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Date set for no-confidence motion

by Sunday Express
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Billy Ntaote

THE date for the much anticipated no-confidence motion on Prime Minister Pakalitha Mosisili’s government by the four-party opposition alliance has been tentatively set for Thursday this week.

This is according to All Basotho Convention (ABC) Chairman Motlohi Maliehe, who also revealed that the opposition alliance held a meeting with National Assembly Speaker Ntlhoi Motsamai to map a way forward after the bloc’s initial bid to table the motion on Friday hit a brick wall.

The ABC and other opposition parties Alliance of Democrats (AD), Basotho National Party (BNP) and Reformed Congress of Lesotho had demanded for a test of the government’s numerical supremacy in parliament to be the first order of business during the reconvening of the house on Friday.

The opposition bloc had submitted a notice of motion for a no-confidence vote to Ms Motsamai last Tuesday, claiming they now had the support of 74 MPs in the 120-member National Assembly. Sixty-one seats are required to form government.

In the motion, which was submitted by the AD’s Kolo constituency legislator Teboho Lehloenya and his ABC counterpart for Mosalemane constituency Sam Rapapa, the opposition proffered Machache constituency legislator and AD leader Monyane Moleleki as Dr Mosisili’s replacement in the event of the motion’s success.

However, during her remarks to open the august house, Ms Motsamai pointed out that the parliamentary Business Committee — which sets the agenda of the National Assembly – needed to be reconstituted in light of the formation of new political parties as well as appointment and dismissal of government ministers.

During the opening ceremony, members of newly-formed political parties crossed the floor, with Mr Moleleki and 14 other elected AD legislators moving from the government side to the opposition. Mr Moleleki jumped ship from Dr Mosisili’s Democratic Congress (DC) last December in which he was deputy leader after failing to wrest the party from the premier.

Former Lesotho Congress for Democracy secretary-general and Movement for Economic Change leader, Selibe Mochoboroane, also relocated from the government side to the cross-bench, which is between the government and opposition.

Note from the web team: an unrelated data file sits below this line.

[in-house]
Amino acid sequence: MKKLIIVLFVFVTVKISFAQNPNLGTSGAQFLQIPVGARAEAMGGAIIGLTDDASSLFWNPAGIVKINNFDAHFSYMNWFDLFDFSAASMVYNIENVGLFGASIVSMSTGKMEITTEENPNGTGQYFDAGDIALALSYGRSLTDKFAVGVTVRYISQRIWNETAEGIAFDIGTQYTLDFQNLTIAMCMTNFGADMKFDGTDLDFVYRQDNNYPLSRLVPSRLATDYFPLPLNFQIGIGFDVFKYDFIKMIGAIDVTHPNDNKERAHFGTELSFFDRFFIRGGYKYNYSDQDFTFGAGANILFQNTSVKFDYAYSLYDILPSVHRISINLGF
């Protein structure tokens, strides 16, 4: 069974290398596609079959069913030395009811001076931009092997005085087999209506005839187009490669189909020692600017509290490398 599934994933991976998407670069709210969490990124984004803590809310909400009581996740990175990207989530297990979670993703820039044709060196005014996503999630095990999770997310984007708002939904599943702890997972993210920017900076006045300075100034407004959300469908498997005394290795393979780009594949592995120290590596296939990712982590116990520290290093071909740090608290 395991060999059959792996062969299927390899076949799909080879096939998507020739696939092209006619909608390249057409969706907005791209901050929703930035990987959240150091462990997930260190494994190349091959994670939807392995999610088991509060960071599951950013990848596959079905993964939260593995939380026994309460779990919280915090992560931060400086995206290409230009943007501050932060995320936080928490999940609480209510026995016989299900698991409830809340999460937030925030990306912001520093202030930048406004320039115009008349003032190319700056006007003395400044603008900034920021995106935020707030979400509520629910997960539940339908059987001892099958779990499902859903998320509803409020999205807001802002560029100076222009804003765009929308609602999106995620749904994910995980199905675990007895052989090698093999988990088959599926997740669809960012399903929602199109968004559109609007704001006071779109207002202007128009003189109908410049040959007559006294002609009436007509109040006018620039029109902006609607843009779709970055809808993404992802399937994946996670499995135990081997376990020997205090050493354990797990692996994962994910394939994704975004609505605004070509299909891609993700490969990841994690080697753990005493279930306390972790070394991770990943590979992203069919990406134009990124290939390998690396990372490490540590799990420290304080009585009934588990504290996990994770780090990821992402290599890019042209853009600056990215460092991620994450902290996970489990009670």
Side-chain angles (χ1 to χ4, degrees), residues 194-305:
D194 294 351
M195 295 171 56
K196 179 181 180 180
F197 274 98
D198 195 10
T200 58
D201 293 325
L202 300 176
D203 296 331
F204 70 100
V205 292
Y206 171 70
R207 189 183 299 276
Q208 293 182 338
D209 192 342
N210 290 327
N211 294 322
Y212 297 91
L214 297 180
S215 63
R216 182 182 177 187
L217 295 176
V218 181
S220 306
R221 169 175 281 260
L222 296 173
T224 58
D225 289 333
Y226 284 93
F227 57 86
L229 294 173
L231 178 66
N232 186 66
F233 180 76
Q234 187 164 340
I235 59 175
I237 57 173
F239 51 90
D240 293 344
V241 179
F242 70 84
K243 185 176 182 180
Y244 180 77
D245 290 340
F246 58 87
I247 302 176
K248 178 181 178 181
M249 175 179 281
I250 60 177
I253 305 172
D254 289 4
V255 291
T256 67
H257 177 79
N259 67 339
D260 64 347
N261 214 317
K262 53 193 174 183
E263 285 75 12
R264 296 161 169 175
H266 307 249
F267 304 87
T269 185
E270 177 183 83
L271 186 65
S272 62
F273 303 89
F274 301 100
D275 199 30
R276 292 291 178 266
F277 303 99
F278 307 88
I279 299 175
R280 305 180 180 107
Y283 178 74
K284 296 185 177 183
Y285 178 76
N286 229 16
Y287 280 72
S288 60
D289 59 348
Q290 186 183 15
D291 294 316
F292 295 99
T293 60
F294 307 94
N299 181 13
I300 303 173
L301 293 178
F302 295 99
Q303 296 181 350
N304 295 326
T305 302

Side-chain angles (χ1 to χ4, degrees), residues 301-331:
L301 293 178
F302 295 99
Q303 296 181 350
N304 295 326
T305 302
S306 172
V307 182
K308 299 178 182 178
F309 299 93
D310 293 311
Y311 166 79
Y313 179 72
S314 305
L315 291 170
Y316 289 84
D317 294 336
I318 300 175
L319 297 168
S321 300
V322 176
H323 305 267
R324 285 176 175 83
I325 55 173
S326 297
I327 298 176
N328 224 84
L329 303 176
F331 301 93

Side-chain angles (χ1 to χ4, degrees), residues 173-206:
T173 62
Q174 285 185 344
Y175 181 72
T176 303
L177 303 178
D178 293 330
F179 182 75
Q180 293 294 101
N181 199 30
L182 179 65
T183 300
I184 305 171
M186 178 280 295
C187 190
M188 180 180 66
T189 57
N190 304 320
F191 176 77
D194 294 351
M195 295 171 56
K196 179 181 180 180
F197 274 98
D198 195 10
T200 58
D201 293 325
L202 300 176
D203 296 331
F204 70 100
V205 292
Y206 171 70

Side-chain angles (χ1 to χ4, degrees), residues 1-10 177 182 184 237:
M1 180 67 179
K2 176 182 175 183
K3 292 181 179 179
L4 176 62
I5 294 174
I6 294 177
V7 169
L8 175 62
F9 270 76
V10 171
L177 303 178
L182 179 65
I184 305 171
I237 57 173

Former ABC stalwarts, Tlali Khasu and Pitso Maisa, who recently formed the Truth Reconciliation Unity party, also moved from the opposition side to the cross-bench.

Ms Motsamai acknowledged receiving the notice of motion for a no-confidence vote which the speaker said she was still scrutinising.

Ms Motsamai indicated that she would forward the motion to the Business Committee which would then allocate the time the motion would be debated.

With the new configurations in the house, Ms Motsamai said the Business Committee would need to be reconstituted taking into consideration proportionality and gender balance among other factors.

After Ms Motsamai adjourned the sitting, the opposition bloc consulted the speaker in her chambers over when the Business Committee would be formed to facilitate the tabling of a no-confidence motion on Dr Mosisili’s government.

The meeting with the speaker was attended by Mr Maliehe, Mr Moleleki, BNP leader Thesele ’Maseribane and RCL leader Keketso Rantšo.

Mr Maliehe yesterday told the Sunday Express they had fruitful deliberations with Ms Motsamai who assured them that the Business Committee would have been reconstituted by Tuesday this week. He said the speaker also indicated that the opposition alliance’s motion would be tabled thereafter.